Leading horse racing software and database provider, Ratings2Win, provide some fundamental insights into understanding winning expectations and staking for Betfair racing punters.
Understanding your Likely Winning Chance
As a punter you need to have a realistic expectation of what each of your bets winning chances are in order to succeed in the long term and stay a winner. The reason for this is because most punters overestimate their likelihood of winning each time they bet regardless of whether the horse is odds-on or a long shot in the betting. Therefore, being able to determine and understand your real winning chance is a fundamental part of getting your staking right.
The best and simplest way to determine your winning chance is to examine the price of the horse you are backing. If you back a horse at say $4.00 in theory your winning chance is 25% assuming that the actual price of the horse is an exact interpretation of its winning chance which it is not (more on this later). The reality though is it’s more likely to be somewhere between 22.5% and 27.5%.
Previous research into the psychology of betting would suggest that your own expectation of winning is likely to be significantly more than what the realities of betting results dictate as being correct. According to some, it is more likely to be at least twice the actual probability of the horse’s real winning chance.
Favourite Long Shot Bias
This expectation of winning becomes even more of a problem the shorter the price (i.e. odds on). The reality is though that the shorter the price the more likely it is that the horse will win closer to what its market price* suggests. In terms of longer priced horses, the opposite applies. This phenomenon is known as the ‘Favourite Long Shot Bias’ (FLSB). I have personally conducted thorough research on this subject over a number of years and have found that our market in Australia exhibits and mirrors characteristics of the FLSB.
Market price* is used as the SP (starting price of the horse) in NSW and VIC betting markets and the average of the TABCORP prices for other markets such as QLD, SA and WA. This is mainly due to NSW and VIC being the most competitive and true markets whilst the other states especially QLD often have an SP that is not an accurate assessment of a horse’s chance (their betting market percentages are too large in comparison).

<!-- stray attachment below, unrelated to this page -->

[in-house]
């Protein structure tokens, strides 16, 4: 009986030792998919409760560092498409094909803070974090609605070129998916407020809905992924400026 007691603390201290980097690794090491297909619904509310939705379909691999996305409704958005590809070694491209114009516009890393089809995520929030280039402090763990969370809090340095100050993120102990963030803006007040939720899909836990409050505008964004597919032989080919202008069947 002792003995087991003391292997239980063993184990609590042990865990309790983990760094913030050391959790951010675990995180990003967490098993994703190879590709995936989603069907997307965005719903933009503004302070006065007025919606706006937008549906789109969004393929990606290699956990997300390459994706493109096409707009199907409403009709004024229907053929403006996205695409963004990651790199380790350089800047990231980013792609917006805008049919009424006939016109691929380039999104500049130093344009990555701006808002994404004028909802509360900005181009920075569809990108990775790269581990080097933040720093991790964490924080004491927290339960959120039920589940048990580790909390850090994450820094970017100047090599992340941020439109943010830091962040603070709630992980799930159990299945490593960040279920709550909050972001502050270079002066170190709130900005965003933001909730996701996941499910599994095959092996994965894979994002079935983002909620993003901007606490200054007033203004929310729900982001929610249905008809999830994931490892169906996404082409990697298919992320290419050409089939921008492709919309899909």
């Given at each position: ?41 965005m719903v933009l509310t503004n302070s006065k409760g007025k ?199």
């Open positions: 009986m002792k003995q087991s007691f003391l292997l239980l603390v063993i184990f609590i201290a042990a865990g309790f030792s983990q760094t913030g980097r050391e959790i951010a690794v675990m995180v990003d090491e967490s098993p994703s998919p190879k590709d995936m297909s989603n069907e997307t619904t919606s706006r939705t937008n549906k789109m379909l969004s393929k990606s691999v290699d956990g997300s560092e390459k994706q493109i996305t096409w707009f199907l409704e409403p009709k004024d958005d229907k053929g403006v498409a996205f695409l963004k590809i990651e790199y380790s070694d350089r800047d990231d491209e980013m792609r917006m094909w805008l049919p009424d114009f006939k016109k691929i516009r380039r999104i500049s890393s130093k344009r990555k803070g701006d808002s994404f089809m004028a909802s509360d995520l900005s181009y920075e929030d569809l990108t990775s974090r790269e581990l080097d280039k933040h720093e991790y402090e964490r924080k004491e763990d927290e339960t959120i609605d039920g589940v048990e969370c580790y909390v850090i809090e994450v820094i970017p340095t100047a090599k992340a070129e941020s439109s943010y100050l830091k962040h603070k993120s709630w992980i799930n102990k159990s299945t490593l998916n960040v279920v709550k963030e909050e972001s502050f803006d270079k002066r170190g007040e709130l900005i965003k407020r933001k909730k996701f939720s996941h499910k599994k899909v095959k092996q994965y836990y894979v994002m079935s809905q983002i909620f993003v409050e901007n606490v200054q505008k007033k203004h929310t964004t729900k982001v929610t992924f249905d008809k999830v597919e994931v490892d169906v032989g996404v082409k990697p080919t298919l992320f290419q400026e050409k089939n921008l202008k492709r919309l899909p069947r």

Key Take Away Points
- Your expectation of winning should be related back to a horse’s market price;
- Go into each bet knowing what your expectation of winning really is. It’s easiest to think of it in percentage terms;
- Don’t be scared of taking odds on about a horse you like just because of any pre conceived ideas; and
- Remember there are no absolutes to betting except for the certainty of probabilities. In that context, Probability has no memory. Understanding this will make you a better punter.
How Should you Stake your Bets?
Most punters choose level staking for their betting because it’s a simple and convenient way in which to bet that requires no effort. The key problem however with this method of staking, is that it will likely result in much larger drawdown’s, of your betting bank compared to the method that most professionals use, which is known as proportional betting.
Proportional betting means that you stake each bet in accordance with its likely chance of winning and base your bet on a predetermined percentage of your bank as a collect that you will receive if your selection wins.
Now the idea of successful betting is to balance your actual dollar’s profit, with the risk that you take. By doing this you will end up betting less on longer priced horses and more on shorter priced horses, ensuring that your betting bank drawdowns are less than that from what you could get level stakes betting.
Personally, I bet using a variation of the proportional method. Importantly though I still bet in accordance with a 100-unit betting bank. When betting, I generally stake the selections to collect a theoretical 4-6% of my betting bank based on the assessed price not the market price.
Should I ever Intentionally Increase or Decrease Bet Size?
Yes. It’s probably more important though to understand what types of circumstances cause this to occur. If for example I am very confident with my assessment and the price on offer significantly exceeds my assessment, then yes I will increase my bets by a certain percentage. Conversely, if environmental circumstances say during a race meeting warrant a change in my bets then I will invariably act on that. What I’m talking about here is generally a deterioration in the track, how its playing etc, versus what I considered it would be when completing my price assessments.
Key Take Away Points
- Level stakes betting can lead to much larger draw downs of your betting bank;
- You cannot avoid this occurring, even if your profit overall is greater using level stakes;
- The idea of successful betting is to balance your actual dollar’s profit, with the risks that you take; and
- We recommend that all punters adopt the practice of staking selections in accordance with a 100-unit betting bank and betting to collect no more than 4-6% of your betting bank.
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